the West steps up pressure. In the Eastern
theater, Russia puts a spin on its mounting
differences with the West. That appeals to Chavez.
He said, "They [the US] don't want Russia to keep
rising, but Russia has risen again as a center of
power and we, the people of the world, need Russia
and China to become stronger every day."
"History is moving, and it's moving at a
gallop," Chavez observed. The rhetoric embarrassed
his Russian hosts, but it suited them, too. To
quote the Russian daily, Vedomosti, "On the one
hand, the Kremlin is demonstrating the
independence of its foreign policy. On the other
hand, it is keeping some distance from the fiery
Thus, the Communist Party
members in the Duma demanded that Chavez address
the full House in a plenary session, but the
ruling party patronized by the Kremlin quashed the
move. Chavez finally addressed the Russian
parliamentarians in an ornate side room that could
seat only 40 people.
It is this duality in
Russian thinking that accounts for the keen
interest all over Eurasia and in Russia's
neighboring regions regarding the outcome of
Putin's summit with Bush last weekend. How is
Russia to cope with the rising disagreements in
its relations with the US?
In the run-up
to the summit, Kremlin spokesman Dmitry Peskov
said, "Russia is trying to be as flexible as
possible. Russia is trying to be as constructive
as possible to avoid any tensions. Actually, our
main goal is to avoid any tensions, but at the
same time not to let anyone neglect our interest
in our security … This is not a return to the Cold
War. The Cold War, if you remember, was a war of
ideologies, whereas, it is now the same ideology.
So, it is just attempts to ensure that we all
respect each other's interests in not making
No shared Iran
strategy In the event, Washington was in
no mood to accord to the Russian-American dialogue
any "strategic and global" attribute (to quote
Peskov). What came through, beneath Bush's charm
offensive, was that Washington intended to
continue with its policy of "selective engagement"
of Russia. This primarily means nudging Moscow on
the Iran nuclear issue.
thinks it can do without Russia on Iraq and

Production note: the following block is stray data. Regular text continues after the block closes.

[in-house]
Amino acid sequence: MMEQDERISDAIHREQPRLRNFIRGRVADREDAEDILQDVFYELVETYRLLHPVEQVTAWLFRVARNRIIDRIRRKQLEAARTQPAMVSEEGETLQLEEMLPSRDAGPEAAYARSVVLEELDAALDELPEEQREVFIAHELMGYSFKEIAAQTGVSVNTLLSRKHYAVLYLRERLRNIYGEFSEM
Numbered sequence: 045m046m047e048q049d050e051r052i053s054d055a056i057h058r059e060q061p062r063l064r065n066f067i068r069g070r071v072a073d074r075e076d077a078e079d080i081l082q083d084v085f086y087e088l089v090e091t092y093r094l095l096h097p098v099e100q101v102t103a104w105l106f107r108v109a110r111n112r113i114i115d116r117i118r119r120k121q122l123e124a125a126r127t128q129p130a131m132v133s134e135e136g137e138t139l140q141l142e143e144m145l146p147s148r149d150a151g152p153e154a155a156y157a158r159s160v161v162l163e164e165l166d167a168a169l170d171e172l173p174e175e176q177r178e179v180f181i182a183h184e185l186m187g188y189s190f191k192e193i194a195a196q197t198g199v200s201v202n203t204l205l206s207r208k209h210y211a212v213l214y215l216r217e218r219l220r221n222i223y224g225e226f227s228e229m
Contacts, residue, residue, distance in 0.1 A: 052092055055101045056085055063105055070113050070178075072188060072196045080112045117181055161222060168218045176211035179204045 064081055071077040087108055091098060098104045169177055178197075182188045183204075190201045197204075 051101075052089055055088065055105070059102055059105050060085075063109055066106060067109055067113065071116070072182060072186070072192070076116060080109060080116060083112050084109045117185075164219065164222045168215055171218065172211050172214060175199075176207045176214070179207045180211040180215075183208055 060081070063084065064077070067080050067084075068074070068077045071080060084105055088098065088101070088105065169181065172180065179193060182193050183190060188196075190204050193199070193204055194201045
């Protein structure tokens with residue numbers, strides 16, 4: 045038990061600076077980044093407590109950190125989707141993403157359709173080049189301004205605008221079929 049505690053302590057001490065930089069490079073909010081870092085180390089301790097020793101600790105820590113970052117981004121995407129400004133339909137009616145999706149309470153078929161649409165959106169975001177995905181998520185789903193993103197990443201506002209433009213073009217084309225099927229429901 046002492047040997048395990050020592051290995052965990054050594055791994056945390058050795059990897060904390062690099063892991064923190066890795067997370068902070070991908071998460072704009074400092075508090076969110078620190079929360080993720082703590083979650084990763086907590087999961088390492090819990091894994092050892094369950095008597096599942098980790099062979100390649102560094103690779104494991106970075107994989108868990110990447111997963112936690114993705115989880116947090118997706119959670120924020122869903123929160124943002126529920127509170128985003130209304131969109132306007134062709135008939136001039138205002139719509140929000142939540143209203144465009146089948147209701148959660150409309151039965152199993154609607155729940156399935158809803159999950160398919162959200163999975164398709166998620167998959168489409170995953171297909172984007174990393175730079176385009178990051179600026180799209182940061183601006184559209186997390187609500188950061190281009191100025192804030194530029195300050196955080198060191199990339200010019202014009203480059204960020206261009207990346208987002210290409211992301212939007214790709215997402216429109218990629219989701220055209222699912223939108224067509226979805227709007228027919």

Afghanistan, or on Palestine and Lebanon. Even
Kosovo didn't figure substantively at the summit.
No doubt, Washington rejects the need of an
overarching understanding with Moscow while
expanding its influence in the former Soviet
Bush told reporters that Iran
was a major focus of his discussions with Putin.
"When Russia and America speak with, you know,
along the same lines, it tends to have an effect.
I have been counting on the Russians' support to
send a clear message to the Iranians, and that
support and that message is a strong message … We
are close on recognizing that we've got to work
together to send a common message", Bush said.
Putin didn't dispute Bush, but he deflected the
thrust of what Bush said, hinting at a greater
receptivity to the Iranian position.
referred to recent signals from Tehran indicative
of possible "interaction, cooperation" with the
International Atomic Energy Agency, and European
Union chief Javier Solana's "positive data and
information". This fell far short of a robust
endorsement of what Bush said. Neither claimed any
shared Iran strategy either.
didn't seem to share Bush's sense of urgency.
Russia would have assessed that the EU doesn't
want to impose sanctions against Iran, especially
all-round punitive measures covering petroleum,
trade and financial dealings. As for China, Russia
is also for focusing on the diplomatic track and
has openly stated its skepticism about whether
"this is the right moment for